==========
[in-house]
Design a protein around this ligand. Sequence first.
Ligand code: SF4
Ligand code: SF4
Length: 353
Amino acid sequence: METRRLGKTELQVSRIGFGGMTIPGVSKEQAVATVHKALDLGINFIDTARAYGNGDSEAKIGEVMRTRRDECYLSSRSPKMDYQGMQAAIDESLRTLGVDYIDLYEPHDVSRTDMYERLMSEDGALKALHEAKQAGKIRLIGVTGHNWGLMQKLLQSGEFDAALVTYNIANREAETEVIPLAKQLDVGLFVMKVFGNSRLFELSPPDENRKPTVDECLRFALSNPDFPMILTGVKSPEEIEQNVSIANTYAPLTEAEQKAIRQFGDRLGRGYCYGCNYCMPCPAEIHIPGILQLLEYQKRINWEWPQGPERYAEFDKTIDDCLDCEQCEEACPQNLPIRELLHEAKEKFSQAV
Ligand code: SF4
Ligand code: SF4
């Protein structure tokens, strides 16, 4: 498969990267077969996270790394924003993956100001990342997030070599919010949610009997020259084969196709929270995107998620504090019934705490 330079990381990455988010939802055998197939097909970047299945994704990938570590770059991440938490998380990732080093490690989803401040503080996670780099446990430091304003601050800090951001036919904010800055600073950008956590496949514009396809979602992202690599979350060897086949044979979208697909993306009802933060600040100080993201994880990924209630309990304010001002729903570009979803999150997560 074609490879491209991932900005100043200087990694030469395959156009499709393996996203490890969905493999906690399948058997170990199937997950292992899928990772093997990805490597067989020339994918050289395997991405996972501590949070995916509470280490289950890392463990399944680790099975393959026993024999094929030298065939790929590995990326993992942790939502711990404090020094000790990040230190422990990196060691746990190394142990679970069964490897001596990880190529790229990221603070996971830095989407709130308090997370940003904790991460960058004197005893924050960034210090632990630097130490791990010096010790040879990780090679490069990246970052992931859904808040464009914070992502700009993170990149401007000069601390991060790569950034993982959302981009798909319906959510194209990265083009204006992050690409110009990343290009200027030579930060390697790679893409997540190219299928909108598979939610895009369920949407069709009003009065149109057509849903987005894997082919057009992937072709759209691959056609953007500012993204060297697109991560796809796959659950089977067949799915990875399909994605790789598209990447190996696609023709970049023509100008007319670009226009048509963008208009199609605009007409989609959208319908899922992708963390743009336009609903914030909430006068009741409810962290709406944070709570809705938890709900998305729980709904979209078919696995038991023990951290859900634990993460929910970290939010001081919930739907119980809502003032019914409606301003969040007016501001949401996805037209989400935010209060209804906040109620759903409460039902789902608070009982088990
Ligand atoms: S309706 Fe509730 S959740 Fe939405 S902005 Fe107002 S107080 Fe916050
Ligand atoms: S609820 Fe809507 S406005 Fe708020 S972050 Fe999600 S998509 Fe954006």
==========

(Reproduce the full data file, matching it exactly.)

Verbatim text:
[in-house]
Design a protein around this ligand. Sequence first.
Ligand code: SF4
Ligand code: SF4
Length: 353
Amino acid sequence: METRRLGKTELQVSRIGFGGMTIPGVSKEQAVATVHKALDLGINFIDTARAYGNGDSEAKIGEVMRTRRDECYLSSRSPKMDYQGMQAAIDESLRTLGVDYIDLYEPHDVSRTDMYERLMSEDGALKALHEAKQAGKIRLIGVTGHNWGLMQKLLQSGEFDAALVTYNIANREAETEVIPLAKQLDVGLFVMKVFGNSRLFELSPPDENRKPTVDECLRFALSNPDFPMILTGVKSPEEIEQNVSIANTYAPLTEAEQKAIRQFGDRLGRGYCYGCNYCMPCPAEIHIPGILQLLEYQKRINWEWPQGPERYAEFDKTIDDCLDCEQCEEACPQNLPIRELLHEAKEKFSQAV
Ligand code: SF4
Ligand code: SF4
């Protein structure tokens, strides 16, 4: 498969990267077969996270790394924003993956100001990342997030070599919010949610009997020259084969196709929270995107998620504090019934705490 330079990381990455988010939802055998197939097909970047299945994704990938570590770059991440938490998380990732080093490690989803401040503080996670780099446990430091304003601050800090951001036919904010800055600073950008956590496949514009396809979602992202690599979350060897086949044979979208697909993306009802933060600040100080993201994880990924209630309990304010001002729903570009979803999150997560 074609490879491209991932900005100043200087990694030469395959156009499709393996996203490890969905493999906690399948058997170990199937997950292992899928990772093997990805490597067989020339994918050289395997991405996972501590949070995916509470280490289950890392463990399944680790099975393959026993024999094929030298065939790929590995990326993992942790939502711990404090020094000790990040230190422990990196060691746990190394142990679970069964490897001596990880190529790229990221603070996971830095989407709130308090997370940003904790991460960058004197005893924050960034210090632990630097130490791990010096010790040879990780090679490069990246970052992931859904808040464009914070992502700009993170990149401007000069601390991060790569950034993982959302981009798909319906959510194209990265083009204006992050690409110009990343290009200027030579930060390697790679893409997540190219299928909108598979939610895009369920949407069709009003009065149109057509849903987005894997082919057009992937072709759209691959056609953007500012993204060297697109991560796809796959659950089977067949799915990875399909994605790789598209990447190996696609023709970049023509100008007319670009226009048509963008208009199609605009007409989609959208319908899922992708963390743009336009609903914030909430006068009741409810962290709406944070709570809705938890709900998305729980709904979209078919696995038991023990951290859900634990993460929910970290939010001081919930739907119980809502003032019914409606301003969040007016501001949401996805037209989400935010209060209804906040109620759903409460039902789902608070009982088990
Ligand atoms: S309706 Fe509730 S959740 Fe939405 S902005 Fe107002 S107080 Fe916050
Ligand atoms: S609820 Fe809507 S406005 Fe708020 S972050 Fe999600 S998509 Fe954006």